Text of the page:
Kevin Cooney on Christianity in Japan
Date: October 8th, 2012
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Japan is not known for being an overly religious country. Indeed, compared to its neighbors in Korea and even the People’s Republic of China, the Japanese look downright secular. Prof. Kevin Cooney of Northwest University joins us to talk about the interesting religious landscape in Japan. Having lived there for five years as a Christian, Kevin offers some unique insights on Shintoism, Buddhism, and Christianity. We start with a general survey of what Japan would look like spiritually to a person who just stepped off an airplane in Tokyo today. This leads to a bit of a discussion on Shintoism and Buddhism. However, Tony asks Kevin what it was like to live as a practicing Christian in Japan where only 1% of the population identifies as such. This sets off a discussion about the “secret history” of Christianity that dates back to the “Church of the East” (sometimes referred to as the Nestorian Church). This history pre-dates the arrival of the Jesuit missionary Francis Xavier who arrived on the shores of Japan in the early 1549. We then map out what happens to Christianity in the subsequent centuries, particularly when Christians are forced underground in the midst of religious persecution. Kevin tells interesting stories of how underground mining museums still present representations of Christians being married by priests, and we also cover how these Christians were forgotten by the Vatican yet remained rather orthodox (small “o”) in their theological outlook. Our journey continues through the Meiji and Toisho eras and through World War II where, ironically, the largest concentration of Christians in Japan was destroyed in the dropping of the atomic bomb on Nagasaki. What happens after this event, particularly the disillusionment following Emperor Hirohito’s surrender and announcement that he was not of divine character, sets up our conversation to again examine the contemporary religious landscape of Japan. Kevin shares his thoughts on why Christianity has taken firmer hold in South Korea and China as compared to Japan. We leave off with an intersting discussion of fertility rates, how this relates to religion, and the future of the Japanese nation. Recorded: September 29, 2012 in Match Coffee & Wine Bar (Duvall, WA).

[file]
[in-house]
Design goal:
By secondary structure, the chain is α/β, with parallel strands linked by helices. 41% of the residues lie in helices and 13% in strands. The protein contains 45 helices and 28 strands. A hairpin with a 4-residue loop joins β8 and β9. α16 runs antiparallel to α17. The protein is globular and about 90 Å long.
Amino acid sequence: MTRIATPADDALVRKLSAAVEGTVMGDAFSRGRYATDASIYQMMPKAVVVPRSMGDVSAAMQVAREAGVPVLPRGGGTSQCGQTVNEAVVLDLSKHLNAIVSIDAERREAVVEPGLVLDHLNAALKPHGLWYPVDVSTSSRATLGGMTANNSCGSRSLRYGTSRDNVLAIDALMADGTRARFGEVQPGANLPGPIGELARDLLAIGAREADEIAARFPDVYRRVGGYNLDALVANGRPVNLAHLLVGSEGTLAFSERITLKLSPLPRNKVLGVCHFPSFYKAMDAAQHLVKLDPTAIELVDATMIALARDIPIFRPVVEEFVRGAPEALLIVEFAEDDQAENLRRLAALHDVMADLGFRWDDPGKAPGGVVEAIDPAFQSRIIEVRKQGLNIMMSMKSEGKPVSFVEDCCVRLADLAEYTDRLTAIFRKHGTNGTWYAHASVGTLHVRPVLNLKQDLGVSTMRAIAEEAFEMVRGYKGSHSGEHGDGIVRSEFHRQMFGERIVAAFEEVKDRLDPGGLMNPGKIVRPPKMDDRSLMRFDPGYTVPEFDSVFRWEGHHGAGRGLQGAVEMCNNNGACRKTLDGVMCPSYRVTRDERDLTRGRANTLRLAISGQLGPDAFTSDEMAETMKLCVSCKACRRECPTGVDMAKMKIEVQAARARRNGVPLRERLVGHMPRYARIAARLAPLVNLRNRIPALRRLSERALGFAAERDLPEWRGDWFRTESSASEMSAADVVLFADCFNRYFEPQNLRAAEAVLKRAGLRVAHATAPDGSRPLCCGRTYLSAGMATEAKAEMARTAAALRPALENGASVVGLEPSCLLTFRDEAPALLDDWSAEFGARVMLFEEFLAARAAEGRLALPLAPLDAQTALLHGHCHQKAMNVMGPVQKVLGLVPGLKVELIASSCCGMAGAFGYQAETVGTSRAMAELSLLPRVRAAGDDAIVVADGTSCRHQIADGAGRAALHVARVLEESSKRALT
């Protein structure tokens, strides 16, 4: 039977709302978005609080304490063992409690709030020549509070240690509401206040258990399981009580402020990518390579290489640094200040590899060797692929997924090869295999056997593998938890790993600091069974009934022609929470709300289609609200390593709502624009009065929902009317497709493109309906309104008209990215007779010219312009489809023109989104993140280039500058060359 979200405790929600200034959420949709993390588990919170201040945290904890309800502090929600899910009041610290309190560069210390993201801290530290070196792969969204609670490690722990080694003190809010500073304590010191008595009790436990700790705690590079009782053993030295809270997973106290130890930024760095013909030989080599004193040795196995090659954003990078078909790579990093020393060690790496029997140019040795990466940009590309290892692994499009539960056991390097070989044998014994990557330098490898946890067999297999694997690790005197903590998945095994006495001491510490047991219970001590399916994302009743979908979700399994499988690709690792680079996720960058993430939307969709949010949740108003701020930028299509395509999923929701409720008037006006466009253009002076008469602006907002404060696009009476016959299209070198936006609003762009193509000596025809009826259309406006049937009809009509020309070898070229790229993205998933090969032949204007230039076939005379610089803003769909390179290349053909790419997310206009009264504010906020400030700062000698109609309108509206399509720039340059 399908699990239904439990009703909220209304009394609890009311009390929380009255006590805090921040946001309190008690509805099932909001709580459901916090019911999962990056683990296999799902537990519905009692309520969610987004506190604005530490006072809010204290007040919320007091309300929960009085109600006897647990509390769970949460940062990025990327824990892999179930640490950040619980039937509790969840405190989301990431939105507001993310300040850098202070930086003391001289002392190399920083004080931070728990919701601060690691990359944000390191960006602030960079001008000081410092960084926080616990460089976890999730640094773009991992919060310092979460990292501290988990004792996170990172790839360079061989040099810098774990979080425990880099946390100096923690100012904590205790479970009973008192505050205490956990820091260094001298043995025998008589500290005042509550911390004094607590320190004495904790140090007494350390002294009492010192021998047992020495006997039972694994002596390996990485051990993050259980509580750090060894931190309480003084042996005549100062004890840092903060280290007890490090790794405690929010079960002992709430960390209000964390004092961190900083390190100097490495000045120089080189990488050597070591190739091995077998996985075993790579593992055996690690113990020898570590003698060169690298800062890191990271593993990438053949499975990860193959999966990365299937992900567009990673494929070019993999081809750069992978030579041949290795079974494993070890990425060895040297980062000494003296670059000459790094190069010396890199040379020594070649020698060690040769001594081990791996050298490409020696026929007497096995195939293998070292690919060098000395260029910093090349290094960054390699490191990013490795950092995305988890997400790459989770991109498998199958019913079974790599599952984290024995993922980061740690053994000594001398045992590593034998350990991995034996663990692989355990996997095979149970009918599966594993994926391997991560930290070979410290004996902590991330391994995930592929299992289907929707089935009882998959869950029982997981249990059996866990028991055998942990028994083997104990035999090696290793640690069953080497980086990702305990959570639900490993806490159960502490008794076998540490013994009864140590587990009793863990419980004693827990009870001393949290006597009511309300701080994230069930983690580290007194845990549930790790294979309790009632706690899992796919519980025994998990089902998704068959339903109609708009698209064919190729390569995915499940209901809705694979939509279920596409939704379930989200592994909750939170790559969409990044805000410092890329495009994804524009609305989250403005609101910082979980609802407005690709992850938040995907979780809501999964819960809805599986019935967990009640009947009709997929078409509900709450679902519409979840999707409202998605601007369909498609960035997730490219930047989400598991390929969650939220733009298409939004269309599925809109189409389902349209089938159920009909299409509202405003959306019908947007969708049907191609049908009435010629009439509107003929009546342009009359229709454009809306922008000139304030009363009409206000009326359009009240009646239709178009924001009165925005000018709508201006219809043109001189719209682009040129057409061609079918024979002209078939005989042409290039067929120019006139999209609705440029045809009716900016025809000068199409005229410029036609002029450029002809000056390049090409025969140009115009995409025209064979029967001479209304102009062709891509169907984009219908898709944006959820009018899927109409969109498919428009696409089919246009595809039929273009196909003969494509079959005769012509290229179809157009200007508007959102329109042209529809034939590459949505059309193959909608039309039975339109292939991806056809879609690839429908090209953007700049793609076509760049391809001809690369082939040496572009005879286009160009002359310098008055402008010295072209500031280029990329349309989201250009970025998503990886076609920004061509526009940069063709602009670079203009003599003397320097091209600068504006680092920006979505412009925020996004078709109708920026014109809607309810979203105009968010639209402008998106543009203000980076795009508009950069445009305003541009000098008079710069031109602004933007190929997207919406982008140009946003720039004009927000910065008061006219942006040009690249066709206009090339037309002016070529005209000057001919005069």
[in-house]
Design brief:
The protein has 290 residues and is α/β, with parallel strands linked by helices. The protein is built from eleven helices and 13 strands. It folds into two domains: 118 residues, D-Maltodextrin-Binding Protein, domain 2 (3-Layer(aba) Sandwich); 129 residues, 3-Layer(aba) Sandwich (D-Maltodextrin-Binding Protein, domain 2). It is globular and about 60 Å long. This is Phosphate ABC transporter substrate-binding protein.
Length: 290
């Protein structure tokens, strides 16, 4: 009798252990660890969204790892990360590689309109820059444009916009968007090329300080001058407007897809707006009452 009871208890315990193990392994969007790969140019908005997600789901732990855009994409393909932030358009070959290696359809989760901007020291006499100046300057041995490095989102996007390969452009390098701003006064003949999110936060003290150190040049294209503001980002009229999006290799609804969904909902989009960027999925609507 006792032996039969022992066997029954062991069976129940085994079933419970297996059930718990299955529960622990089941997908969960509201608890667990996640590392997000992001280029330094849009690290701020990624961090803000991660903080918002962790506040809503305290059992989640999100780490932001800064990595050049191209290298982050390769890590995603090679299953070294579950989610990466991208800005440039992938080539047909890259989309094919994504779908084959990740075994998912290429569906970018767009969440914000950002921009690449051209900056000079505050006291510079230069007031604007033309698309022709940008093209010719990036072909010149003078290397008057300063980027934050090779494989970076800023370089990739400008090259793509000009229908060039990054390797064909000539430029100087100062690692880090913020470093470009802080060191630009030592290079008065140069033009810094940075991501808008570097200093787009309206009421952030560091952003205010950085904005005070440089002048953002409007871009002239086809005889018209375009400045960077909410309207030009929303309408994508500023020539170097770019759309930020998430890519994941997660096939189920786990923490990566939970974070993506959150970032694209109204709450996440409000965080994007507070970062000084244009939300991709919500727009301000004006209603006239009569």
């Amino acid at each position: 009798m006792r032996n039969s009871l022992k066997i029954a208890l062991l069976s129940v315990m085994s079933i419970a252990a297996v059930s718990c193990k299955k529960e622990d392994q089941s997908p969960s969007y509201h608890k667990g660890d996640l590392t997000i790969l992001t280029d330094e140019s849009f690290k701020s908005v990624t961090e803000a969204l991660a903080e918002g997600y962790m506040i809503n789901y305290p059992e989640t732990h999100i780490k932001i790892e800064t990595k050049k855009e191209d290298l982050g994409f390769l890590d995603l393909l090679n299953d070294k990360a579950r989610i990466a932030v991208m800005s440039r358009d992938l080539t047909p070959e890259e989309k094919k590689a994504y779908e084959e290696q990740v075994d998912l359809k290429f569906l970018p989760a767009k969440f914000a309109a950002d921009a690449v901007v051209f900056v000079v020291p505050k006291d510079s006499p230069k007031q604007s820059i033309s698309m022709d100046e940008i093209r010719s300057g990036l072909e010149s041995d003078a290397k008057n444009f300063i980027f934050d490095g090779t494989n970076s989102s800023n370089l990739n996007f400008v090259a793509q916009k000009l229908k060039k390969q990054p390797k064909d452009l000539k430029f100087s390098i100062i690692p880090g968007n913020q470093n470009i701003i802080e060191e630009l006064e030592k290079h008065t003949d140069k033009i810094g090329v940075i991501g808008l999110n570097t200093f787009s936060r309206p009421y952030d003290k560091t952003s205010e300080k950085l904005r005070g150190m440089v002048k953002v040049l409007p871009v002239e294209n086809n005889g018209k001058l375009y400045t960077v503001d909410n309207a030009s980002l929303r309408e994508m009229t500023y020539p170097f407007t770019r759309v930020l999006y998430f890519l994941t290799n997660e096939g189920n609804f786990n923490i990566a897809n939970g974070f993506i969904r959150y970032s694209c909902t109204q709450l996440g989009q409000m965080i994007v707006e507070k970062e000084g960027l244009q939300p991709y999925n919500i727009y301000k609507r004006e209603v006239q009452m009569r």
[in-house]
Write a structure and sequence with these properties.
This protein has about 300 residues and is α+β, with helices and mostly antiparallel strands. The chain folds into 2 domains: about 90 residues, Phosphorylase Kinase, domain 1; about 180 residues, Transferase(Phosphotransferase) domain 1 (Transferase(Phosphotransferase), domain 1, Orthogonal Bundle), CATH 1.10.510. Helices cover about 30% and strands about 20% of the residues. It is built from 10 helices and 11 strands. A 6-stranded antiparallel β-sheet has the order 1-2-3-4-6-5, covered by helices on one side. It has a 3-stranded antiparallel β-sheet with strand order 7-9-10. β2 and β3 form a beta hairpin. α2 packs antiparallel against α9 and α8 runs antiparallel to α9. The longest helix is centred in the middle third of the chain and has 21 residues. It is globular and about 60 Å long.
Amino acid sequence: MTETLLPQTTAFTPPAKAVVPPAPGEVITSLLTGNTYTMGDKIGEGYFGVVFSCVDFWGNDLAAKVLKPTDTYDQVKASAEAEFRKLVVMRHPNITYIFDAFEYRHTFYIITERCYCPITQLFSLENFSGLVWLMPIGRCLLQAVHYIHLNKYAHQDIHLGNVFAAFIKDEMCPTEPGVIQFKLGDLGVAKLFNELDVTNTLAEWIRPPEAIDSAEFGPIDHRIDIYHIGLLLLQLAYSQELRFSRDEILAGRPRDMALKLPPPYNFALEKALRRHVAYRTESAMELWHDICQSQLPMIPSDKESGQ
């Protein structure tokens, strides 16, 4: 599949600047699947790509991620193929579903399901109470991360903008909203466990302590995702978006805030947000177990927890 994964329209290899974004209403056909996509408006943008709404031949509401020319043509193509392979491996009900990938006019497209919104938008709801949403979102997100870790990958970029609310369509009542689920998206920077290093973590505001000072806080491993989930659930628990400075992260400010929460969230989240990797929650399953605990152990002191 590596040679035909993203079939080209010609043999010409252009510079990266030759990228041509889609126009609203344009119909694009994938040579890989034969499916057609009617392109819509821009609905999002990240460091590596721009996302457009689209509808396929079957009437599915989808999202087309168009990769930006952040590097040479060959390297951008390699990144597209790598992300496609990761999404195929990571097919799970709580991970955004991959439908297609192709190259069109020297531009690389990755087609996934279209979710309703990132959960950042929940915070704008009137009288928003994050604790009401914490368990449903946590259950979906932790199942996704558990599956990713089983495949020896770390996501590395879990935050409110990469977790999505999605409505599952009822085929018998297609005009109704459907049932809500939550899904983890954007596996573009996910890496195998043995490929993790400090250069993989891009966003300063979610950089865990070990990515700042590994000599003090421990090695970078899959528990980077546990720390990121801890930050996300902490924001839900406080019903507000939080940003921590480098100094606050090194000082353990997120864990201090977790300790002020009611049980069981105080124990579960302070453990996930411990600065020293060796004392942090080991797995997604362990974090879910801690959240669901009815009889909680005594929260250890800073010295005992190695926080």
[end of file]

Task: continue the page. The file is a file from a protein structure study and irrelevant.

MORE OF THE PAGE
Kevin Cooney’s website at Northwest University.
Kevin Cooney on Religion and the Rule of Law in China.
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